HP Touchpoint Analytics Client accused of being spyware

Security / Tech
Touchpoint Analytics

HP did release a statement to PCMag regarding the issue

HP’s Touchpoint Analytics Client software is being accused of spying on HP users. If you own an HP PC, you may be running Touchpoint Analytics and not even know it. The software was part of a Windows Update to HP machines and installed without asking for user’s permission. Because of this, some are now calling the software spyware. The service runs in the background and sends analytics and data back to HP daily.

According to Computerworld, the software appeared earlier this month and seems to have been deployed as part of a Windows update. It installs without asking for permission and then “harvests telemetry information that is used by HP Touchpoint’s analytical services.” The Analytics Client forms part of HP Touchpoint Manager and, according to ghacks.net, sends data to HP once every day.

No one knows what type of data HP is collecting with this software (HP says it’s diagnostic data) but some users do report their machines running slow. HP did release a statement to PCMag regarding the issue:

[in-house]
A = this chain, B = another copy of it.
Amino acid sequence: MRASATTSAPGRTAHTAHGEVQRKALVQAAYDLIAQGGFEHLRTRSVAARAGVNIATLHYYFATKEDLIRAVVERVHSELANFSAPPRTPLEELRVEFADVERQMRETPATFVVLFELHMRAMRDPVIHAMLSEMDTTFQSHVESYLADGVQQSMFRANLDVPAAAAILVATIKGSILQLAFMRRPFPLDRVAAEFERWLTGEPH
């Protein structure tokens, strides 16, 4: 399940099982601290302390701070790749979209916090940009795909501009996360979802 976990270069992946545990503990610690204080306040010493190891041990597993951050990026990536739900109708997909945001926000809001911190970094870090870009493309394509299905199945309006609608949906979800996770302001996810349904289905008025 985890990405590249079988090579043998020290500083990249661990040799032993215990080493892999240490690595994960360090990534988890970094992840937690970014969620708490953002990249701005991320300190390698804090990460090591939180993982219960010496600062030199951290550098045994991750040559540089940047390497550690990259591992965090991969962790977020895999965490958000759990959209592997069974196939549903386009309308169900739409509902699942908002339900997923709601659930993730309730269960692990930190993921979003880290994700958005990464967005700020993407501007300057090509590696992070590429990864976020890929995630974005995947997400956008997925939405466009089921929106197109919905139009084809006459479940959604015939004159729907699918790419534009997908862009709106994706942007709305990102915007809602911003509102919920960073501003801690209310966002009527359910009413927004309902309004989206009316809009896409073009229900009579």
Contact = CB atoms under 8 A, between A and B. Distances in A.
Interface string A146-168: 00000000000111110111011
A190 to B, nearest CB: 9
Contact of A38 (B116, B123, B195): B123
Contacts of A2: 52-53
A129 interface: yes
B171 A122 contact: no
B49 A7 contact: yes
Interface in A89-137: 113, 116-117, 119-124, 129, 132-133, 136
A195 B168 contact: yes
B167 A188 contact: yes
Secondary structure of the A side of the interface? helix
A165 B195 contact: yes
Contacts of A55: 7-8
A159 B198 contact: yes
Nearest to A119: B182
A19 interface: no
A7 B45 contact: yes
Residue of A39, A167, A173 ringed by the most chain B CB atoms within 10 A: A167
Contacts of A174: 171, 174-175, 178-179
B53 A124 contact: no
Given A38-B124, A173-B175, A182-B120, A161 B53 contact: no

“HP Touchpoint Analytics is a service we have offered since 2014 as part of HP Support Assistant. It anonymously collects diagnostic information about hardware performance. No data is shared with HP unless access is expressly granted. Customers can opt-out or uninstall the service at any time.

HP Touchpoint Analytics was recently updated and there were no changes to privacy settings as part of this update. We take customer privacy very seriously and act in accordance with a strict policy, available here.”

It’s a reminder that most brands are collecting some form of data on you or your devices. This is likely not going to change. The interesting thing here is the assertion that HP never asked for permission to install the software. Check out PCMag’s full write up below.

What do you think of this potential spyware issue with HP? Let us know in the comments below, or on Google+, Twitter, or Facebook.

  Source: PCMag

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